UBC Day 7: Just One Book, That’s All It Took

The written word is imprinted on our souls, whether it was a book that we read as a child or one that stuck with us as an adult. There are so many reasons why authors have made an impression on us. Please take a look at the list below.

These authors’ works left a mark on me and shaped the landscape of my reading, at least through 2015!

1. Laura Ingalls Wilder –I loved the Little House books as a little girl. They are a timeless legacy with wonderful values.
2. Richard Kennedy — He is the author of what would become for me the incredibly infamous Amy’s Eyes. Imagine a smaller, skinnier, more adorable version of me in the third grade. After eight or so years of my parents being sure not to say a bad word in front of me, the pirate captain of this book said ‘Damn’. I was mortified! I told my teachers because besides being adorable and cute, I also had a big mouth. Unfortunately they took the book away from me and I didn’t get to finish it. I learned a valuable lesson that day. Tell them nothing!

3. E. B. White — First author whose book ever made me ugly cry. If you don’t know what ugly crying is, it’s when you cry and it doesn’t look cute like it does when actors do it on TV.

4. David Eddings — Author of the epic fantasy series known as the Belgariad, this only helped boost my already overactive imagination in to overdrive and gave me a love of epic fantasy that has never quit. His characters are as cookie cutter as they come, but I love them for nostalgic reasons! And who doesn’t love Silk?

5. John Steinbeck — Most depressing author ever. Read the Pearl and Of Mice and Men, then try not to fling yourself in to traffic.

6. Shirley Jackson — Author of the Lottery. First author that ever had a twist ending that was both horrifying and amazing.

7. Mercedes Lackey — prolific author of epic fantasy with magical horses. My history and government teacher read these books for us on cassette, and that is something I have never forgotten. Mercedes Lackey books are what I go to when I am down and need comfort and a world full of intrigue and awesome people, particularly the Arrows trilogy.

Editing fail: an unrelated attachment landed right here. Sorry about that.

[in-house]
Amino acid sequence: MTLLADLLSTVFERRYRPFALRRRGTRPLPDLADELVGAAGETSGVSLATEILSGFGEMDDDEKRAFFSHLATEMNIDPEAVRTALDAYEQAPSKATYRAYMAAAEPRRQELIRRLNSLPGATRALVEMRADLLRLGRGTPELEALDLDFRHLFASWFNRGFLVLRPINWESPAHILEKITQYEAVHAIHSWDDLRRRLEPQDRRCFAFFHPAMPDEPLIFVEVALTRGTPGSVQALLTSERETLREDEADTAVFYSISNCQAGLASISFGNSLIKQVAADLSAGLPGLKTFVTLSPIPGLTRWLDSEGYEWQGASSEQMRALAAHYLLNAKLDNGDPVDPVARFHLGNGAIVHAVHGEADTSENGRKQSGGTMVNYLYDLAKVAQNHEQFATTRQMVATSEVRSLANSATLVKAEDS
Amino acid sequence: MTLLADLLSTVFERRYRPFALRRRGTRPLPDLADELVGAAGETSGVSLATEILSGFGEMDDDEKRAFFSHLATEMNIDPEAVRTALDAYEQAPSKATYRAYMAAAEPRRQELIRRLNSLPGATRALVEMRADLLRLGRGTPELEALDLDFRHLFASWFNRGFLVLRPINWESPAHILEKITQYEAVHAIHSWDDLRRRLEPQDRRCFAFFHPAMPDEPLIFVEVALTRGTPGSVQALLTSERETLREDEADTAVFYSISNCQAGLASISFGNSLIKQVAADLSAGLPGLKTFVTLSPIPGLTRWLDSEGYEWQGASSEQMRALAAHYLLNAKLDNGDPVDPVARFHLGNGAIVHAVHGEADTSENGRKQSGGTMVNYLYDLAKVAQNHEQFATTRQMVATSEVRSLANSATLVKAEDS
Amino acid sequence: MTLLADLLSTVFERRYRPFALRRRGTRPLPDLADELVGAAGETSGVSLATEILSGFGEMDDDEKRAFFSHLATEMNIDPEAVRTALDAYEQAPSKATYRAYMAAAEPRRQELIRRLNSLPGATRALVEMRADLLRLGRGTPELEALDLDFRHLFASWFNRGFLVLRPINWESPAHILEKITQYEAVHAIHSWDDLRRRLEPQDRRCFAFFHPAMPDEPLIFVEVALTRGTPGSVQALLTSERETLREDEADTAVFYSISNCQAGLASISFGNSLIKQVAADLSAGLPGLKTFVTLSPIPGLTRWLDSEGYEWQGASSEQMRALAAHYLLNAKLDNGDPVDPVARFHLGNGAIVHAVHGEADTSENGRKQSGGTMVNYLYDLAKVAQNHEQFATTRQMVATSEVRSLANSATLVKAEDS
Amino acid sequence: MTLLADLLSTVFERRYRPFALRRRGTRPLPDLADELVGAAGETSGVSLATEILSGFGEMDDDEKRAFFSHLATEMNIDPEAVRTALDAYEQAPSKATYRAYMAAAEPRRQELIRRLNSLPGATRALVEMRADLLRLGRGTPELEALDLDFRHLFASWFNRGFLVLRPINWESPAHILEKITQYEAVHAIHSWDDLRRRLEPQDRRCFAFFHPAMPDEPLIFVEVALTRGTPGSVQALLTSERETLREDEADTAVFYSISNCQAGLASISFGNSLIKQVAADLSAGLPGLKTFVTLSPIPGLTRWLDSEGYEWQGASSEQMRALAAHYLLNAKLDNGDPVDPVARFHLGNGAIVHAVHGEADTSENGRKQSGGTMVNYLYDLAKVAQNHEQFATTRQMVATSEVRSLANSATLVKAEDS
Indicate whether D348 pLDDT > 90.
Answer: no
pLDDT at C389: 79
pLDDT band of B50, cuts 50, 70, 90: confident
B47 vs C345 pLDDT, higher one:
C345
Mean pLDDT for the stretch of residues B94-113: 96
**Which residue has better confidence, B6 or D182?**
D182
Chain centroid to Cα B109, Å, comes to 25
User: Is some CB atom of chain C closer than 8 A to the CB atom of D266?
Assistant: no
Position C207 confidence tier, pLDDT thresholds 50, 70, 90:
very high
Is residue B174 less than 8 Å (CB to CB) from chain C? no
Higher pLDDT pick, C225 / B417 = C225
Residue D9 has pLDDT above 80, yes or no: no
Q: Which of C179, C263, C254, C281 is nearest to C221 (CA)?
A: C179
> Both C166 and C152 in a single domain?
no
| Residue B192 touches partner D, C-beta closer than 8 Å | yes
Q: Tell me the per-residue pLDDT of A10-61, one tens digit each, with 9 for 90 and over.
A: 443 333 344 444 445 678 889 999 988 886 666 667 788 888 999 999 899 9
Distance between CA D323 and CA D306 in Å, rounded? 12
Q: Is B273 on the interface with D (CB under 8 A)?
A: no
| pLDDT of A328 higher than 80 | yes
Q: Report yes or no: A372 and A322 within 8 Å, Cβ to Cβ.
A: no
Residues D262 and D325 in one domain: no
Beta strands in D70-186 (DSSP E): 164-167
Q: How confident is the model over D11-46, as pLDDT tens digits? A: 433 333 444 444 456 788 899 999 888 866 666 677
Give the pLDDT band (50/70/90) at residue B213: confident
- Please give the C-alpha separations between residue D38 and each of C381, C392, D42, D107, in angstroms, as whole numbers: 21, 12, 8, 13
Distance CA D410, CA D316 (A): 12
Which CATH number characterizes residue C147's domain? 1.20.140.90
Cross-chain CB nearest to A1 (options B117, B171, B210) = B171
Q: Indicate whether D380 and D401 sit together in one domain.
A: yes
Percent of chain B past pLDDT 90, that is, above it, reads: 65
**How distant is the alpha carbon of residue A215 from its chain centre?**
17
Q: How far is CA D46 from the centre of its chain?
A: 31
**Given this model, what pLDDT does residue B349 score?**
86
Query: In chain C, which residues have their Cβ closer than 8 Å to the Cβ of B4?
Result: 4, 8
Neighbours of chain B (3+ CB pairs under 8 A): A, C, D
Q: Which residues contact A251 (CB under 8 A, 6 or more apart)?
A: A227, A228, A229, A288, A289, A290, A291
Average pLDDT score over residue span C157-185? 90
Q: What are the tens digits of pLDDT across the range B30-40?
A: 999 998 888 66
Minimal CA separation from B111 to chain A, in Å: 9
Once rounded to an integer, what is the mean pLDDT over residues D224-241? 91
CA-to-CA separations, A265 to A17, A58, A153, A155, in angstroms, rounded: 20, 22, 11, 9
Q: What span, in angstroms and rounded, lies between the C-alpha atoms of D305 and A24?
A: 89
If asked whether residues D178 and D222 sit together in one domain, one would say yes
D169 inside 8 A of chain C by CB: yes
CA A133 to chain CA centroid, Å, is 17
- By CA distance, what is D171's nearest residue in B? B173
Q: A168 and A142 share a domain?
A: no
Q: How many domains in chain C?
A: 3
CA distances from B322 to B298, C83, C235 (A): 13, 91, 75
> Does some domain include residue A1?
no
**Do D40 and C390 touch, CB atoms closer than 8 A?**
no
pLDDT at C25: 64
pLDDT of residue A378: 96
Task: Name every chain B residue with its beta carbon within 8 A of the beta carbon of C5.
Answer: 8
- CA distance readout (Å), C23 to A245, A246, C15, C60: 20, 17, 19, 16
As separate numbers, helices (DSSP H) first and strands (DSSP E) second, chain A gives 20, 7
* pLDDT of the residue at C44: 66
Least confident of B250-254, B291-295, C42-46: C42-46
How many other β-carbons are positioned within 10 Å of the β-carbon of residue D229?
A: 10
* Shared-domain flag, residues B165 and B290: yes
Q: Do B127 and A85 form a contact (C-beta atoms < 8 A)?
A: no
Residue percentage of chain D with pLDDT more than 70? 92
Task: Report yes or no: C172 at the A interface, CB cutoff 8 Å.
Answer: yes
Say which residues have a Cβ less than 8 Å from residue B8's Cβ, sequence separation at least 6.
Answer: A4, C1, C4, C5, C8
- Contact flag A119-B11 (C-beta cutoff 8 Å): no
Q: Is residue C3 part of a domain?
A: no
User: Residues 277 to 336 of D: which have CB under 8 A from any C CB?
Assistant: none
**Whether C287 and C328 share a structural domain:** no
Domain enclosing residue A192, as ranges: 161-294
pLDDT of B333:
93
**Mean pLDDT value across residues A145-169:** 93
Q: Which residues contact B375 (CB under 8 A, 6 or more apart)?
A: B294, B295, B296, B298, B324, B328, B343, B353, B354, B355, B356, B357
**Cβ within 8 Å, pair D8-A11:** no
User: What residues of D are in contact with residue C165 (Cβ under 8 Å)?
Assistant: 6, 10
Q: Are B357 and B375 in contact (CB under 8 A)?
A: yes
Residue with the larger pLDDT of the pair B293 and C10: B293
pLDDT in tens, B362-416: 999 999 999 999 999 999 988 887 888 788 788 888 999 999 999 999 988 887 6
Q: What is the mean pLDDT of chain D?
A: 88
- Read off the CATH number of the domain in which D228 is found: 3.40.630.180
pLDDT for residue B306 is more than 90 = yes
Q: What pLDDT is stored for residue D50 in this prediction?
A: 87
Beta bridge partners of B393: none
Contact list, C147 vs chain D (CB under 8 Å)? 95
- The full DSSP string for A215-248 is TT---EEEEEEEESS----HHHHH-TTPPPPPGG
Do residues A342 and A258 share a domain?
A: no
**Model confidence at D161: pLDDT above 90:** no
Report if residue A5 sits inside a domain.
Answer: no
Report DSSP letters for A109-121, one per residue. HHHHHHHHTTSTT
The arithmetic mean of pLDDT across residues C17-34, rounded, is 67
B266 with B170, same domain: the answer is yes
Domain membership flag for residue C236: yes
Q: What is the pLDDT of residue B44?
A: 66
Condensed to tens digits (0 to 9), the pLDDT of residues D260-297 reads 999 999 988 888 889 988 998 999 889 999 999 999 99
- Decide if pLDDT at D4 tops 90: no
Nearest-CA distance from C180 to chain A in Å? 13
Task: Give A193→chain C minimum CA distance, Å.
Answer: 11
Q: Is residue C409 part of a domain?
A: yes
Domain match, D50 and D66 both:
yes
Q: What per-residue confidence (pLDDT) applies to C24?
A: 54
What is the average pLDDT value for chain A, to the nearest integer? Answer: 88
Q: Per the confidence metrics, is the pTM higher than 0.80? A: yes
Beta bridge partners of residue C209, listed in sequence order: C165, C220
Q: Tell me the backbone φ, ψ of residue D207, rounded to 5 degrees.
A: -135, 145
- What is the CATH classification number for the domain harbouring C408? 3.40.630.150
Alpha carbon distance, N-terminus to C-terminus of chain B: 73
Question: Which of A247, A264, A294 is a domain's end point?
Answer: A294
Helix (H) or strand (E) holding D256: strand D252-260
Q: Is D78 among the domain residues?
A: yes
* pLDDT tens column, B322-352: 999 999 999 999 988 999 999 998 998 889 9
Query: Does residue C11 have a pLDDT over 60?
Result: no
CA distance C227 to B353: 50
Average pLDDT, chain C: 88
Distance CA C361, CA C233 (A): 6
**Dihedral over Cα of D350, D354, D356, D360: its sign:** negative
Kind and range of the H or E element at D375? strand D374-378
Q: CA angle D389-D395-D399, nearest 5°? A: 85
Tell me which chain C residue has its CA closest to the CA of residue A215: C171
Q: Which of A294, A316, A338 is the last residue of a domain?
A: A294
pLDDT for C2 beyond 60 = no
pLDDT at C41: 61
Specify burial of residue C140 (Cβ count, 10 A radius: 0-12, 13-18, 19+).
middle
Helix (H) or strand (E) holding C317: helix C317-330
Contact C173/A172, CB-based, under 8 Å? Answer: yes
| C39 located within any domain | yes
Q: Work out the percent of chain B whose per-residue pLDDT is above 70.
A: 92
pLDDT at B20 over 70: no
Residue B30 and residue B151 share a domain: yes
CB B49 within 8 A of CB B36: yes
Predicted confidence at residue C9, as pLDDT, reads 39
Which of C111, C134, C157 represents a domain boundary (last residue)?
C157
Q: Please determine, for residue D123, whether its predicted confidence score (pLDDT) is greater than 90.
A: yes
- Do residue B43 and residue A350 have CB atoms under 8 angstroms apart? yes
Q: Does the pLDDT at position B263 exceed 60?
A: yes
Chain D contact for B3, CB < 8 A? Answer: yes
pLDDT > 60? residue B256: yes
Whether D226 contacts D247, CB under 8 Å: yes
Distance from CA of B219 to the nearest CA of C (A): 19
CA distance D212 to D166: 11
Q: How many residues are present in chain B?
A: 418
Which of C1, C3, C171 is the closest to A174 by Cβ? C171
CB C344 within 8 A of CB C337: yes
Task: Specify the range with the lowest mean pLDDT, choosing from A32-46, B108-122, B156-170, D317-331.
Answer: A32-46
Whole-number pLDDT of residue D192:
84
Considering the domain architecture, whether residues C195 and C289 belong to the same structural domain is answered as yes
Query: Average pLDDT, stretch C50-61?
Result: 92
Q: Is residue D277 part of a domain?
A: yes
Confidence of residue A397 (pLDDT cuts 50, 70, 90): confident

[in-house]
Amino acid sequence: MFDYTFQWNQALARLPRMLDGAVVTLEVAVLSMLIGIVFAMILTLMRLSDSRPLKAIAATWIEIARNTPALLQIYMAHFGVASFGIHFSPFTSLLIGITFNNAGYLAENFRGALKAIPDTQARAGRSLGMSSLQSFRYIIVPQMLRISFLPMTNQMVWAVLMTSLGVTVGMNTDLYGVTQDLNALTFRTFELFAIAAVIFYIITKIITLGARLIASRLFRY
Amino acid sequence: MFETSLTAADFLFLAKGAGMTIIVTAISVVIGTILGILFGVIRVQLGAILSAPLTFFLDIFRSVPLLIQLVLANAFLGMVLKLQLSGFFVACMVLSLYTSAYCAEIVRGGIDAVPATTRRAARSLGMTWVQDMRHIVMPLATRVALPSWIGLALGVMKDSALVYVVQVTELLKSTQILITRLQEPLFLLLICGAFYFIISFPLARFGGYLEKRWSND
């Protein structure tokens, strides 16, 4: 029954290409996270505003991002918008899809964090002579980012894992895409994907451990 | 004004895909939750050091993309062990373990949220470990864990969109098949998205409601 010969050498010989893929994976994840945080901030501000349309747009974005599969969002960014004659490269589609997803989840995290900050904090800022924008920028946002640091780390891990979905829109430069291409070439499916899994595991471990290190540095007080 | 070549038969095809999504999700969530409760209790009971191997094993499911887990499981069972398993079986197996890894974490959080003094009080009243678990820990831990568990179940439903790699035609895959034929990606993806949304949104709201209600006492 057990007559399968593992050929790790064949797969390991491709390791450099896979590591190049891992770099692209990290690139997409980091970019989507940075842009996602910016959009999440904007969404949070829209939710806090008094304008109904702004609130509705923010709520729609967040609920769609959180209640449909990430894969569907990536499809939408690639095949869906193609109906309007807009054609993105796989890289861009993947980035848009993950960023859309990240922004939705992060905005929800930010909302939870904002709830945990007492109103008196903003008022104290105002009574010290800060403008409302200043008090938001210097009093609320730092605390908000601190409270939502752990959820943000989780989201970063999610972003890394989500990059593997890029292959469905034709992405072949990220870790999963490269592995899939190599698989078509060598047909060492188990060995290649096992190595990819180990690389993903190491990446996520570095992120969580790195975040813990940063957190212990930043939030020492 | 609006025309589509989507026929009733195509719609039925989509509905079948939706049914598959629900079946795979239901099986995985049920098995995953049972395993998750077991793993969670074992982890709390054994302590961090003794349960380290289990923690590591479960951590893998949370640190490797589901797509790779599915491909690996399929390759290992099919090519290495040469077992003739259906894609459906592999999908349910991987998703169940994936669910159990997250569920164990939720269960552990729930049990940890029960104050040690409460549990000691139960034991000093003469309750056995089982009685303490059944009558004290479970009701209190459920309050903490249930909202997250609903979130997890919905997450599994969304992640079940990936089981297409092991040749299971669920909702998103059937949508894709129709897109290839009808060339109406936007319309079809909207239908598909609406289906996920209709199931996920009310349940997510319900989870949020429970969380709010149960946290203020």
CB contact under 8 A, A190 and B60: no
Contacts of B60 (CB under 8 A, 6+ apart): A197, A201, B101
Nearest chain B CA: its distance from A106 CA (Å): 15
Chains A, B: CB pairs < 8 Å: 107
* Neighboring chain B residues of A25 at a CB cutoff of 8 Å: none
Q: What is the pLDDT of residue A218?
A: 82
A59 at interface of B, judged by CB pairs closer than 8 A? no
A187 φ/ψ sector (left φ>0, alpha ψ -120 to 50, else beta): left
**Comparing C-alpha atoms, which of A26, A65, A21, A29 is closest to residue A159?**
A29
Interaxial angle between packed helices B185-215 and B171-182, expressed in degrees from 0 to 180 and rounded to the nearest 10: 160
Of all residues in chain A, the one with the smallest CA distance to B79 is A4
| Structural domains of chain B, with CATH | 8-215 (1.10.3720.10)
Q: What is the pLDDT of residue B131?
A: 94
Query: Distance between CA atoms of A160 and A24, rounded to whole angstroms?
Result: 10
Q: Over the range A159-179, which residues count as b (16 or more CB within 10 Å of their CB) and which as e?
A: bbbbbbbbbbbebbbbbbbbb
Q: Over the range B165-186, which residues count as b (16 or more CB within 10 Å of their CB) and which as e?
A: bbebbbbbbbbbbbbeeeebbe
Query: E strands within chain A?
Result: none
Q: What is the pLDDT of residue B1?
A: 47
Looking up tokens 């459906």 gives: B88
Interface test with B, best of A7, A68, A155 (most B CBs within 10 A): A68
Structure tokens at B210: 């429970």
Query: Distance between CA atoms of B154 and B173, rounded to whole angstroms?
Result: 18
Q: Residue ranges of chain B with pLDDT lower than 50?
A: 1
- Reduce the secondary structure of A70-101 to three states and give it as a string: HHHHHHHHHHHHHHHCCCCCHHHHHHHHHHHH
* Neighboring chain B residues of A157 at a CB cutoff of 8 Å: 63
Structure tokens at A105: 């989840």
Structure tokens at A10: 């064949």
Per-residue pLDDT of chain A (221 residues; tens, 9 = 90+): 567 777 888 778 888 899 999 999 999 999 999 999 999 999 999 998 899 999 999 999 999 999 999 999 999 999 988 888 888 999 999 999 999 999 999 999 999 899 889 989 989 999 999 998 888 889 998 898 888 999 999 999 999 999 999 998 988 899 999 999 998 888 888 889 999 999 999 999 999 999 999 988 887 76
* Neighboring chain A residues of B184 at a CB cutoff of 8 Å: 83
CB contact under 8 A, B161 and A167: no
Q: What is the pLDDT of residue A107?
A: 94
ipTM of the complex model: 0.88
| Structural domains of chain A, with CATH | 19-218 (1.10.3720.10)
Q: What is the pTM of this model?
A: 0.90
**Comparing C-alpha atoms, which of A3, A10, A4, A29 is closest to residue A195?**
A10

8. Sandra Brown – Most of us know what a bodice ripper is? I’ll wait. It was my first romance with sexscenes. It got me interested in my favorite genre, romance, and it’s a western. So double the fun.

9. Maya Angelou – She was so poised, dignified, and a wealth of wisdom. Her books are brutally honest and speak to a tenacity of the human spirit that we can all hope to emulate. She wrote beautiful and moving poetry.

10. Anne Mccaffrey–She wrote about dragons. Epic fantasy. Flying dragons. Enough said, really.

11. Alice Walker–If you have never read the heartbreaking story of the Color purple, you are really missing out. I mean, that movie made us actively hate Danny Glover with a vengeance, but it takes the written word to put all of that in to perspective and offer a level of redemption that the movie could not replicate.

12. Nora Roberts — Talk about a prolific author. She writes on a myriad of subjects, weaving them all in to romantic subplots that make my sappy heart melt.

13. Edgar Alan Poe – His works taught me never to have siblings. and try not to get buried alive by a psycho brother. Dark and compelling, his are not works that I can read now.

14. Patricia Briggs — Her urban fantasy takes place in Eastern Washington. I enjoy the fact that she can weave complex plots, romance, drama, and violence without dropping a lot of strong language.

15. Gillian Flynn — I have only read Gone Girl’ but that book messed me up. If you have not read Gone Girl, you are missing out on your reservation to the Hot mess Hotel. Read it and then come talk to me. The execution of her writing is brilliant, but the corridors the book leads you down are a dark and twisted maze.

My tastes have certainly changed a great deal. Who are the authors that were formative for you, for good or for bad?

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